Estate Planning for Millennials and Gen Z: Tips from Practitioners

  • January 04, 2023
  • Demetre Vasilounis, Fasken Martineau DuMoulin LLP

In the fall of 2022, I had the pleasure of chairing Everyone Needs a Plan: Estate Planning for Millennials and Gen Z, which was a Continuing Professional Development session facilitated by the Ontario Bar Association Trusts and Estates Section. I chose to focus on this topic because I believe that it will become increasingly relevant to estate planning advisors as “Millennials” (defined by Statistics Canada as individuals born between 1981 and 1996) and “Gen Z” (defined by Statistics Canada as individuals born between 1997 and 2012) begin to think about their estate planning. I myself have noticed significant differences between the goals, priorities and values of Millennial/Gen Z clients versus those of my older clients (40 years of age or older).

The program occurred on October 6, 2022 and included four panel-based discussions. The panels included lawyers, accountants, community advocates, consultants, wealth advisors and tech entrepreneurs. This article will extract some of the key points stemming from those discussions with respect to the unique estate planning considerations for Millennial and Gen Z clients.

1. Plan Properly for Unique Assets

Millennials and Gen Z are more likely to have unique assets that differ from the traditional house, car or bank account. In fact, given the effects of inflation and other volatile economic circumstances, many of these types of clients may not own any real estate, or even a vehicle for that matter.

That being said, there are some specific asset classes that these clients are more likely to own. The first includes digital assets (e.g. social media accounts, email accounts, cryptocurrency, websites). While planning for digital assets can be an entire topic in itself, practitioners should mainly be aware that the law with respect to this planning is still developing. Some jurisdictions (e.g. Saskatchewan, Prince Edward Island) have created their own legislation to specifically address this. Nonetheless, practitioners face challenges from technology companies who will usually demand court orders from their home jurisdiction (often California) before releasing any account information to an estate trustee. In this way, elements of privacy law, contract law and even intellectual property law can come into play.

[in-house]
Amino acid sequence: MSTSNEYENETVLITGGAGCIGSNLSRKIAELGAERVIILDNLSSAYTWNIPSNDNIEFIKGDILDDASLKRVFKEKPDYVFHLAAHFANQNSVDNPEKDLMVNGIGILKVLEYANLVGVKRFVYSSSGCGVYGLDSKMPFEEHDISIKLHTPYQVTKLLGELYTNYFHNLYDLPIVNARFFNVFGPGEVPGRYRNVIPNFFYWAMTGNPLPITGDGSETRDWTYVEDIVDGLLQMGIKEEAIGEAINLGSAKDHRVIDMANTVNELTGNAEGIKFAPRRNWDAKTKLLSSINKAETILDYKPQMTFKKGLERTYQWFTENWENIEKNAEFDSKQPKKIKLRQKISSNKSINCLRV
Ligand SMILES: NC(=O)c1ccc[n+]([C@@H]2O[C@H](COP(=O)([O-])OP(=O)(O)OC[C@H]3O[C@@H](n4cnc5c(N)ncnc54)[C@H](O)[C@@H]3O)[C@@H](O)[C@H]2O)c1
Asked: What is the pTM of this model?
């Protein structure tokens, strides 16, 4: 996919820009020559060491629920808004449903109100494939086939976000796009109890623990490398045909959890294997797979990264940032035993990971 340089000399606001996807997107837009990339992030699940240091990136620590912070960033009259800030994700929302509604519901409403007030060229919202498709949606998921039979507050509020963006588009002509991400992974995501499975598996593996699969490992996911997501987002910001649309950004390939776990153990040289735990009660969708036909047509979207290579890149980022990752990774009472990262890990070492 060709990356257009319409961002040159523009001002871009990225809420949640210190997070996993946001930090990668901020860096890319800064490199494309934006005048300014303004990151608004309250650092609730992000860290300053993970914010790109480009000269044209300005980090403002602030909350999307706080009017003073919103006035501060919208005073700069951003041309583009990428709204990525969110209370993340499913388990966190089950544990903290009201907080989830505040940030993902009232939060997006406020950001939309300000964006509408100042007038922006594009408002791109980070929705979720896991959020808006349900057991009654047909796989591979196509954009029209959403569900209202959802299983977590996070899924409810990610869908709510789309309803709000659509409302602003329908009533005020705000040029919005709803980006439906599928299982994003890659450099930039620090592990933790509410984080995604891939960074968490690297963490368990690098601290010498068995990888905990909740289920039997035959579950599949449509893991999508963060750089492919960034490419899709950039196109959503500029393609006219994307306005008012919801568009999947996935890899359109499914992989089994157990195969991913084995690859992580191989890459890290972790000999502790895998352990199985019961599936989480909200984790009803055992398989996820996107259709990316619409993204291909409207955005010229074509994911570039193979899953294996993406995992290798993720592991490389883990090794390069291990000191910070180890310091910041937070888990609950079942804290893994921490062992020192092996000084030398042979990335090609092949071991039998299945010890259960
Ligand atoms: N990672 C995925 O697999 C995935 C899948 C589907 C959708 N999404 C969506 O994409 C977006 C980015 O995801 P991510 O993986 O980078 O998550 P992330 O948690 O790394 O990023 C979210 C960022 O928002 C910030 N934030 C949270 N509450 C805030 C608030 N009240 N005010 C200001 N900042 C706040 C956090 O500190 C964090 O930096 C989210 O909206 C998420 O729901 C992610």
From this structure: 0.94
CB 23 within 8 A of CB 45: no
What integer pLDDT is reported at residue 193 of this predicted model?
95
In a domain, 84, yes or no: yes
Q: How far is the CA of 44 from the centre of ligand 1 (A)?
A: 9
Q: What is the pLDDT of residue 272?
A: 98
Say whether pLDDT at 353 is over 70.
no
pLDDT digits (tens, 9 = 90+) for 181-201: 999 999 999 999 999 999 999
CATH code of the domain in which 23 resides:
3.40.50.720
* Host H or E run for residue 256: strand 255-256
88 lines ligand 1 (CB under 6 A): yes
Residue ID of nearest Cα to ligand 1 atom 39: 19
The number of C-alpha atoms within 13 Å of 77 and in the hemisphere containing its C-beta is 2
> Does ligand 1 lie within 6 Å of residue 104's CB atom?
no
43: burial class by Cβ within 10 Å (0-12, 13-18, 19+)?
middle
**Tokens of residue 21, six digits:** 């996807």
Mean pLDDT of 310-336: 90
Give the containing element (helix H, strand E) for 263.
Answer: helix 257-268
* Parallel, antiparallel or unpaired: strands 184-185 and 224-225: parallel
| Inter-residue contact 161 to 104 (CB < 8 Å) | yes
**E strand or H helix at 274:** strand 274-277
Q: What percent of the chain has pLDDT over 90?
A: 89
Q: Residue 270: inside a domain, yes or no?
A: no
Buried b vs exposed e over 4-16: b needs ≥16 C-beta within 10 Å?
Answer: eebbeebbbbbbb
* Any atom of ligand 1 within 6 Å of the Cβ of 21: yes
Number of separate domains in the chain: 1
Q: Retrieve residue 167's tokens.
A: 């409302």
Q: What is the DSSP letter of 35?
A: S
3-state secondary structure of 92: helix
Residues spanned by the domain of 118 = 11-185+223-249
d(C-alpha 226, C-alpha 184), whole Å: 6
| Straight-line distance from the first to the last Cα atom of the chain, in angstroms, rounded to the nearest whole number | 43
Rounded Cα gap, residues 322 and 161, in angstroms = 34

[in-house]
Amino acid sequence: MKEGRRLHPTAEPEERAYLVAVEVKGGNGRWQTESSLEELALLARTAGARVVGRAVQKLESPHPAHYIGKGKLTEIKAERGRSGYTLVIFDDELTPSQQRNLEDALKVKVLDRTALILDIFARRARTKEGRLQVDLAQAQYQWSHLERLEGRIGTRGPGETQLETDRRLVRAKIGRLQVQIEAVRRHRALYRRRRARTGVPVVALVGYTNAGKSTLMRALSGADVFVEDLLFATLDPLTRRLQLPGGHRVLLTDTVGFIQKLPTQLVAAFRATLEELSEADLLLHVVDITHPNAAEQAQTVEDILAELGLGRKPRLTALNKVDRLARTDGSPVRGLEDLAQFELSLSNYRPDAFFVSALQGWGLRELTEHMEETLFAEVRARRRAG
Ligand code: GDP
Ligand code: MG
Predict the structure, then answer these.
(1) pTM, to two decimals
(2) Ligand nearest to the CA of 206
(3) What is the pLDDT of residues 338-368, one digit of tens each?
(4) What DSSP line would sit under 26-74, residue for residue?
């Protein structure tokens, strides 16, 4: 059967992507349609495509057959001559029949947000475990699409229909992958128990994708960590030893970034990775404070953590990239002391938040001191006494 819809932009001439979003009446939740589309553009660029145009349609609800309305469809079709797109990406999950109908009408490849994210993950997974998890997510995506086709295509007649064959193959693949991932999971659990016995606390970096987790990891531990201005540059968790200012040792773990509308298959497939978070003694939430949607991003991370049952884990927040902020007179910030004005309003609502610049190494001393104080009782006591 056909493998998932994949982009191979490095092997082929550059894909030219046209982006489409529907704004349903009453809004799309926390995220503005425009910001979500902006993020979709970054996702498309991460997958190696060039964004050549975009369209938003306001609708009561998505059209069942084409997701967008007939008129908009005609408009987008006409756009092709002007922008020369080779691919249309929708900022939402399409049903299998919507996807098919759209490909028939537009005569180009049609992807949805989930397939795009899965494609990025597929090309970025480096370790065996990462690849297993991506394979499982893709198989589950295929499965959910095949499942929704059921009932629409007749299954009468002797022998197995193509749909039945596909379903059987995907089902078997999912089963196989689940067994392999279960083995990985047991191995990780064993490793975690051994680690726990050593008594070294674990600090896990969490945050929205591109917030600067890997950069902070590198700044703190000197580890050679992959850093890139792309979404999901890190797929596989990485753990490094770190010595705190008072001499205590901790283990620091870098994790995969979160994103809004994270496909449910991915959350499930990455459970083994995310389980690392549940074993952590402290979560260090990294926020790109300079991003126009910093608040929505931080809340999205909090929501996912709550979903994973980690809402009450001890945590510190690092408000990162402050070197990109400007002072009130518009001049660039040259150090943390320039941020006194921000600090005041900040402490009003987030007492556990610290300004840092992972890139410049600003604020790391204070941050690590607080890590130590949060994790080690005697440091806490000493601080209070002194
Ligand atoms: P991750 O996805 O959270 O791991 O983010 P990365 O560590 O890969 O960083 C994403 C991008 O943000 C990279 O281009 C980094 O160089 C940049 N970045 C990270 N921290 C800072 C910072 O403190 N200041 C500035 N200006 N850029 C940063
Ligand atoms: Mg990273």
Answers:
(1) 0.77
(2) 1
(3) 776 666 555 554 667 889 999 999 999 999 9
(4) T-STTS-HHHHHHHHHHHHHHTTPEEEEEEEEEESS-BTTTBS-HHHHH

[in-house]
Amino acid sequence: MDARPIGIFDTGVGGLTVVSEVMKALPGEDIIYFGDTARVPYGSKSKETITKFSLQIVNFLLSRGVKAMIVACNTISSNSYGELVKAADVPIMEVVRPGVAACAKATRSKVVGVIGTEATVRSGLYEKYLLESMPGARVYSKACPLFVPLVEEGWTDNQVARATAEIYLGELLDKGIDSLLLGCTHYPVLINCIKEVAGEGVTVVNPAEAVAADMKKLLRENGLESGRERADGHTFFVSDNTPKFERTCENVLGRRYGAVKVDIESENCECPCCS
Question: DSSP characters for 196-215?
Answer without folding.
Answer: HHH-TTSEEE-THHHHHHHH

Millennial and Gen Z clients may nonetheless have physical assets in addition to their digital assets, including collections (e.g. sneakers, trading cards, vinyl records etc.). Note that these collections will often be addressed by the “personalty” clause of a will, but this should be confirmed with the client beforehand. Some clients may view these collections as investments, or may have other specific intents for them. Therefore, advisors should confirm the existence of any collections that stand separate and apart from the rest of a client’s personalty.

Lastly, in Ontario, pets are considered property. Nonetheless, it has become very evident that many Millennial and Gen Z clients not only own pets but want to ensure that their pets are taken care of in their estate planning. Many such clients may have pets in lieu of having children (and this is because of, among other reasons, changing generational attitudes and an economy that is making it more difficult to have children). Primarily, the client needs to advise who will take care of the pet. They also need to determine how the pet’s future care will be funded (e.g. will there be an outright gift to the successor owner, or will there be a trust set up for the benefit of the pet).

A general tip for all unique assets is to determine which may have financial value, and which may have sentimental value. In all cases, the client should create an asset list/inventory. This will help inform the advisor which in turn will allow for proper planning. Lastly, the tax implications of owning these assets should also be taken into account – for example, upon a client’s death, there may be capital gains taxes payable on a trading card collection that has increased in value from the time the client acquired it.